Congress Reconsiders Anti-Trust Exemption for Health Insurance Industry

The Senate Judiciary Committee has scheduled a hearing entitled, “Prohibiting Price Fixing and Other Anticompetitive Conduct in the Health Insurance Industry” scheduled for Wednesday, October 14, 2009. The hearing concerns identical new bills (S. 1681 and H.R. 3596) that NASW is watching. The legislation would eliminate a long-standing federal law that excludes the insurance industry from federal anti-trust regulation. Under the Constitution, regulation of interstate commerce is a federal responsibility. However, in 1945 the McCarran-Ferguson Act authorized states (in the absence of federal law or regulation) to regulate all insurance products, including health, leading to the state regulatory system in place today. This Act also exempted the insurance industry from federal anti-trust law. Therefore, the Justice Department cannot now enforce federal antitrust law on the insurance industry.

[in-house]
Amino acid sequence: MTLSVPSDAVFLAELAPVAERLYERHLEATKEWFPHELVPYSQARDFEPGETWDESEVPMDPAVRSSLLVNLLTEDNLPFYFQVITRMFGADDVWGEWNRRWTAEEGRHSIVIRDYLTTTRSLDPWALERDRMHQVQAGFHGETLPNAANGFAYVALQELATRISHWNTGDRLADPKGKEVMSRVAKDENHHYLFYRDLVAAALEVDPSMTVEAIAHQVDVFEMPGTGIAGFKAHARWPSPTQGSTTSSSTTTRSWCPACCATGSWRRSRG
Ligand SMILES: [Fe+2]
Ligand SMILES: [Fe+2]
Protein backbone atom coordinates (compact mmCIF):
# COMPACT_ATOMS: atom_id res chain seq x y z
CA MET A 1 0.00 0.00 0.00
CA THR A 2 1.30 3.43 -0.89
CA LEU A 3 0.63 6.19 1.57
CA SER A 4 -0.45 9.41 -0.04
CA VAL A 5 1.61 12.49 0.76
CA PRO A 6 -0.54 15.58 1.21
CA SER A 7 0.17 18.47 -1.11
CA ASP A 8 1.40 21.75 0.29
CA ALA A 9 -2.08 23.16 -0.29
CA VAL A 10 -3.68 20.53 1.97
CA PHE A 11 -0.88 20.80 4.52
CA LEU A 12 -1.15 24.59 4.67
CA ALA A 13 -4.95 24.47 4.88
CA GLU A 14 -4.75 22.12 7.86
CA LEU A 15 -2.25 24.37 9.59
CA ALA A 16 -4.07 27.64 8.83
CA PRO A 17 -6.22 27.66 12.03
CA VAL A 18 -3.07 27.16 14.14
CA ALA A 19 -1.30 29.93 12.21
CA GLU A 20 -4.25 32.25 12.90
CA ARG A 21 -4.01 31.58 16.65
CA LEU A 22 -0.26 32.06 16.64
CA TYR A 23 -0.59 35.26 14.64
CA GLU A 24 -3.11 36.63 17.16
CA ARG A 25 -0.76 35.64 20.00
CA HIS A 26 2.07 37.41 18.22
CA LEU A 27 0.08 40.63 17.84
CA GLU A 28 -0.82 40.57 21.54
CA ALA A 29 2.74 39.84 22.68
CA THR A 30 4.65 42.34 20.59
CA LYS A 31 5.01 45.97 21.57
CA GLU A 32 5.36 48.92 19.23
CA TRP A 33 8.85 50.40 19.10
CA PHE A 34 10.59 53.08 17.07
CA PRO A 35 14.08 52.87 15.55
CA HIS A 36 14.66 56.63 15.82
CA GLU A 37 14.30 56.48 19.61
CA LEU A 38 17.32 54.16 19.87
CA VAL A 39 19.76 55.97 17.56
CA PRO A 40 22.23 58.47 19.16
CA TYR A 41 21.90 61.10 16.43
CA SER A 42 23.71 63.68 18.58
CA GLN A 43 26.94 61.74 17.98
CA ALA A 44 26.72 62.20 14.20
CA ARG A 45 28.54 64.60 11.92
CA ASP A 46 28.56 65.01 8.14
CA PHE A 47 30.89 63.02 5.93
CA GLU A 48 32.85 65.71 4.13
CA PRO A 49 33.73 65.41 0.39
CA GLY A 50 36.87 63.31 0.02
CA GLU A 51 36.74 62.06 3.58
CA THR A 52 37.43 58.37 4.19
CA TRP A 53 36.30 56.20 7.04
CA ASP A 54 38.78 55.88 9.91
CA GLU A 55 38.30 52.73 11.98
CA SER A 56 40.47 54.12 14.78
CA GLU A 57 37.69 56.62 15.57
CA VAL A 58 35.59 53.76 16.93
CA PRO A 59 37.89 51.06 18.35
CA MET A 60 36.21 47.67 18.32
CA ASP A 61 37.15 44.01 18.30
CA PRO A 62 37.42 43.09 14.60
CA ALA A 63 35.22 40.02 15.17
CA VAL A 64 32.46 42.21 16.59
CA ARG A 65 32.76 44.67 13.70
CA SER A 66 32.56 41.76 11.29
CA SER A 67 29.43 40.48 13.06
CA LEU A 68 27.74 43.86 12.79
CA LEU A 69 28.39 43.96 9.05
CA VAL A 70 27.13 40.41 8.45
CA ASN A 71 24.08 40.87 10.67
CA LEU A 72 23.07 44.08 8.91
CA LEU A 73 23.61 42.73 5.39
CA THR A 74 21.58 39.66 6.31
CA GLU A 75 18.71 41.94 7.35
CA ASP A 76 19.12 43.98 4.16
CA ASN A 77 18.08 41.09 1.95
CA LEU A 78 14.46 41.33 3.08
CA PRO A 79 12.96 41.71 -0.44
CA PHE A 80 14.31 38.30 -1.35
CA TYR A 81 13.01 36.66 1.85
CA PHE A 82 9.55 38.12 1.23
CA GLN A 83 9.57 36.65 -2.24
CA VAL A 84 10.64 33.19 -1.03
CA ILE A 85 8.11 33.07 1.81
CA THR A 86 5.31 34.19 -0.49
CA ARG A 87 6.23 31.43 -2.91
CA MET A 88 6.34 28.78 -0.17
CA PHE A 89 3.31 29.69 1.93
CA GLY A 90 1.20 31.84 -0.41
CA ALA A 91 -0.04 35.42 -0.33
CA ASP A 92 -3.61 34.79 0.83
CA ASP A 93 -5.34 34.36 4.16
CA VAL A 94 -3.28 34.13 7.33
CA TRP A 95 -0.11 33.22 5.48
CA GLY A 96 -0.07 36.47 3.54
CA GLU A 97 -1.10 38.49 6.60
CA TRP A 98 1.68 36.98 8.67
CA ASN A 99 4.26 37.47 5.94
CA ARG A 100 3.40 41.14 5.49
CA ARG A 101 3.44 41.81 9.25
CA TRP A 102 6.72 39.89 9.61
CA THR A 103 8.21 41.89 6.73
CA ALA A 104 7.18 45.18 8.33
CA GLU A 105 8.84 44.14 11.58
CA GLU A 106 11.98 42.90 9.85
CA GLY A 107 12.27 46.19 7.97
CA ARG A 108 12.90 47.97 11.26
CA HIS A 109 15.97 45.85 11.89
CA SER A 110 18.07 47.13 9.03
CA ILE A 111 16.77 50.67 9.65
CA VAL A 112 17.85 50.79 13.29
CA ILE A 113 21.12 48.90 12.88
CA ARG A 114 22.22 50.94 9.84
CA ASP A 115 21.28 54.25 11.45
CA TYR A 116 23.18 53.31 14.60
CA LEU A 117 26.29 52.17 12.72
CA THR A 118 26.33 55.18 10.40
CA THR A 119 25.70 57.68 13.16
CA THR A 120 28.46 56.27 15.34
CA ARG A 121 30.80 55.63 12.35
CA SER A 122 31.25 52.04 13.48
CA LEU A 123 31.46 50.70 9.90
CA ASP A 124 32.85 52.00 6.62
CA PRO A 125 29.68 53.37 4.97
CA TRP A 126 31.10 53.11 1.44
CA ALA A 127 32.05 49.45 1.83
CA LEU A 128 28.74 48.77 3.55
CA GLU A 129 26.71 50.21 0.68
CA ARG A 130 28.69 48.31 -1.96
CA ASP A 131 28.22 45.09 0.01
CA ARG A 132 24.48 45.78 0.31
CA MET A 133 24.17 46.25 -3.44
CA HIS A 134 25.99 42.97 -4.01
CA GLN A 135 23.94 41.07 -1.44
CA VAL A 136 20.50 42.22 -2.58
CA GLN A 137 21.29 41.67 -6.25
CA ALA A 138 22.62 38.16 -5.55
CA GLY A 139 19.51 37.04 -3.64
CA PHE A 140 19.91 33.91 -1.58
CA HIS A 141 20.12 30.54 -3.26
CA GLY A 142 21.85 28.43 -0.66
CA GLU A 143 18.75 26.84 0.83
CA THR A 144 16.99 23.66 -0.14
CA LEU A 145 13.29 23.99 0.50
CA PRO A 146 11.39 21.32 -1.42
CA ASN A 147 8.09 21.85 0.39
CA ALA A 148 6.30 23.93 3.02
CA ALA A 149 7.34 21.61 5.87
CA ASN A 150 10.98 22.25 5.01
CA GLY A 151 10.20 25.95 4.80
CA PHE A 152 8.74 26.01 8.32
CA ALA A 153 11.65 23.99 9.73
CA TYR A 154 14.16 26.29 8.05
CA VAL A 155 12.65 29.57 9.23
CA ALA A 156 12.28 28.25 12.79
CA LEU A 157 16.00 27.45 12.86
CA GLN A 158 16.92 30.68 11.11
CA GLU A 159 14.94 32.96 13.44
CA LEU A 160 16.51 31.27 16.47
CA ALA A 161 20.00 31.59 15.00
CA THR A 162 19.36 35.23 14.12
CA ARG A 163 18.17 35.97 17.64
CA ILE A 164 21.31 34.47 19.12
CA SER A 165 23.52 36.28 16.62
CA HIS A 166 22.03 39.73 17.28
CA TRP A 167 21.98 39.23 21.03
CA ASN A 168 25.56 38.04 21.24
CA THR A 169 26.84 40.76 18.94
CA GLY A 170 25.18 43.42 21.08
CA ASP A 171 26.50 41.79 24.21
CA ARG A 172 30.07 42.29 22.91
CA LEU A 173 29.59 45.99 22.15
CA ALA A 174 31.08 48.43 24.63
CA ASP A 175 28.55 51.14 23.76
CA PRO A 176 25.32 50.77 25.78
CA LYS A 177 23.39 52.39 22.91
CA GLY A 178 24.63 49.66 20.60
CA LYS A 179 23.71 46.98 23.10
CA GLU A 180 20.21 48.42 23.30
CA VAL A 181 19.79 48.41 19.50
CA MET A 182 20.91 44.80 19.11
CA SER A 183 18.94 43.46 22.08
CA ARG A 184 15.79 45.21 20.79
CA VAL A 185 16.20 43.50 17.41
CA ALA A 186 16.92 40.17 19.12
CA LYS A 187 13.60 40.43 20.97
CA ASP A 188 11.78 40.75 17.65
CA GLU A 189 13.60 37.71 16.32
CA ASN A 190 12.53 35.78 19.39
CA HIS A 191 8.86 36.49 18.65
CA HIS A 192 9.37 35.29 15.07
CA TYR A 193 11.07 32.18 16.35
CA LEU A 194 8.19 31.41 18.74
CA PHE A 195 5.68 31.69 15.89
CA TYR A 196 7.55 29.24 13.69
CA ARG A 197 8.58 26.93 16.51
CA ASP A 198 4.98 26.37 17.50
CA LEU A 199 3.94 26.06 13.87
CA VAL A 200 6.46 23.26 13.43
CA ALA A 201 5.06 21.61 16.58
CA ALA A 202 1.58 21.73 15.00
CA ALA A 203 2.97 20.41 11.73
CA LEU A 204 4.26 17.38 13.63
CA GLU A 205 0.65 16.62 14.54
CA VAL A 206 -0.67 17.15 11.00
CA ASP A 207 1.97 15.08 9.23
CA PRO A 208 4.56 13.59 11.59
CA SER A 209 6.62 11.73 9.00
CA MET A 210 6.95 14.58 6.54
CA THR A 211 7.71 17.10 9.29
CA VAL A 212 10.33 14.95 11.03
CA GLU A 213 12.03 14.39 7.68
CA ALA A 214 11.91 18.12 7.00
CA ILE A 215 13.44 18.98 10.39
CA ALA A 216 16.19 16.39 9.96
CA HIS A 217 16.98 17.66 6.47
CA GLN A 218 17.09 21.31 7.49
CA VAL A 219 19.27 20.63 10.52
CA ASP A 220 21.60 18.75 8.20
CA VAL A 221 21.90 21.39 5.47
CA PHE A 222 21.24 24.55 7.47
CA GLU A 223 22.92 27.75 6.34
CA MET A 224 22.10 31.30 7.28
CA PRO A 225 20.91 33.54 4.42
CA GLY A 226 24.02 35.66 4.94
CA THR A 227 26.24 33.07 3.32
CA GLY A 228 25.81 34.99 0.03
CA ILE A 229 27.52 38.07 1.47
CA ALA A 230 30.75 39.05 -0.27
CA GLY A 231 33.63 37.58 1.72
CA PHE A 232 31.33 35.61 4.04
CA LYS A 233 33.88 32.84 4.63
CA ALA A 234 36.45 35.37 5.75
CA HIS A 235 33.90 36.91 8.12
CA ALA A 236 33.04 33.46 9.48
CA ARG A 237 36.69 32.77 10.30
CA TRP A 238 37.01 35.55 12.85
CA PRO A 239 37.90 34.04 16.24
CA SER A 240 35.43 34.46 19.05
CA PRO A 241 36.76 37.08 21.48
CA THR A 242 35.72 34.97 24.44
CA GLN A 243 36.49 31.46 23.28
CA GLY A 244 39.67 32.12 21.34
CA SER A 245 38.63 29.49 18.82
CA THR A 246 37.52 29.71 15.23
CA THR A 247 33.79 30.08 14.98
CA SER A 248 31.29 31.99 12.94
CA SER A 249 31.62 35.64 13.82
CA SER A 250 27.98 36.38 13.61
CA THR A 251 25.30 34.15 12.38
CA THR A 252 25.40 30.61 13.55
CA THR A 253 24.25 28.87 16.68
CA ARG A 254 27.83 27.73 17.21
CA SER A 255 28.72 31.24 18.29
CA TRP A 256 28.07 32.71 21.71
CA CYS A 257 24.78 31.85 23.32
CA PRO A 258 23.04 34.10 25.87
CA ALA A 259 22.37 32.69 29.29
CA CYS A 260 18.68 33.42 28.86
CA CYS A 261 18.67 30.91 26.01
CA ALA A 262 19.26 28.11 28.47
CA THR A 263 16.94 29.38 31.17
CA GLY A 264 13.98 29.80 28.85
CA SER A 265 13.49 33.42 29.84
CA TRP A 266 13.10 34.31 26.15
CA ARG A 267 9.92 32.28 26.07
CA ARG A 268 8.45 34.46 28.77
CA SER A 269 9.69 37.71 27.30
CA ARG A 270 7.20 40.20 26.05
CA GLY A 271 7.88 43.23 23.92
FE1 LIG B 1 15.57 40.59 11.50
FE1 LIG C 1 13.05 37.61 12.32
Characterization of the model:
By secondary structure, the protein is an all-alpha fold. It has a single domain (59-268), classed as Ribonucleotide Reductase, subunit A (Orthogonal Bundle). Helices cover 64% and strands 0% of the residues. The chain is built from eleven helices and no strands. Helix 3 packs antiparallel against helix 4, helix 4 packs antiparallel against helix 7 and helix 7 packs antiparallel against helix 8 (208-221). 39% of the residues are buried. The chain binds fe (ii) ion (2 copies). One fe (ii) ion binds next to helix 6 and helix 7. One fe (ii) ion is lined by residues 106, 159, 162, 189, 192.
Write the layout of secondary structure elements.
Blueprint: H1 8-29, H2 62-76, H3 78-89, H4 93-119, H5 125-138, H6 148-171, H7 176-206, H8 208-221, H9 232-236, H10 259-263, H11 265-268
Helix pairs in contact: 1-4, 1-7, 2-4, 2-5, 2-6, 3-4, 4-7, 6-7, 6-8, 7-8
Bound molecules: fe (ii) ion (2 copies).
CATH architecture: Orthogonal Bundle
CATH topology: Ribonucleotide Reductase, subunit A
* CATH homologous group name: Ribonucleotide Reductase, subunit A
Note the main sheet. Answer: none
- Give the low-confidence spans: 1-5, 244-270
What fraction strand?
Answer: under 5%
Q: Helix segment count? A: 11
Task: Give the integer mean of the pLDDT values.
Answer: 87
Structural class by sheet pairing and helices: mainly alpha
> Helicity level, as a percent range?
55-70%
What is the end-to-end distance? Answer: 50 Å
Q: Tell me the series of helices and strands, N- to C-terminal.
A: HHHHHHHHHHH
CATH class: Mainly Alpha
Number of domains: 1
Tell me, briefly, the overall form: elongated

NASW is following federal legislation that would preempt state regulation of health insurance. Among the profession’s concerns in this debate are state-level provider mandates and mental health parity laws. Because of the severe dysfunction in the current state-based health insurance market, over the long term Congress appears likely to “harmonize” state health insurance rules by shifting regulation of the market back to federal control. The subject of this new legislation is more limited in scope, focusing only on the industry’s antitrust exemption. Currently the health insurance industry response to the legislation has been muted, arguing that they currently do not share health care pricing information and its elimination would not have a significant impact on their practices.

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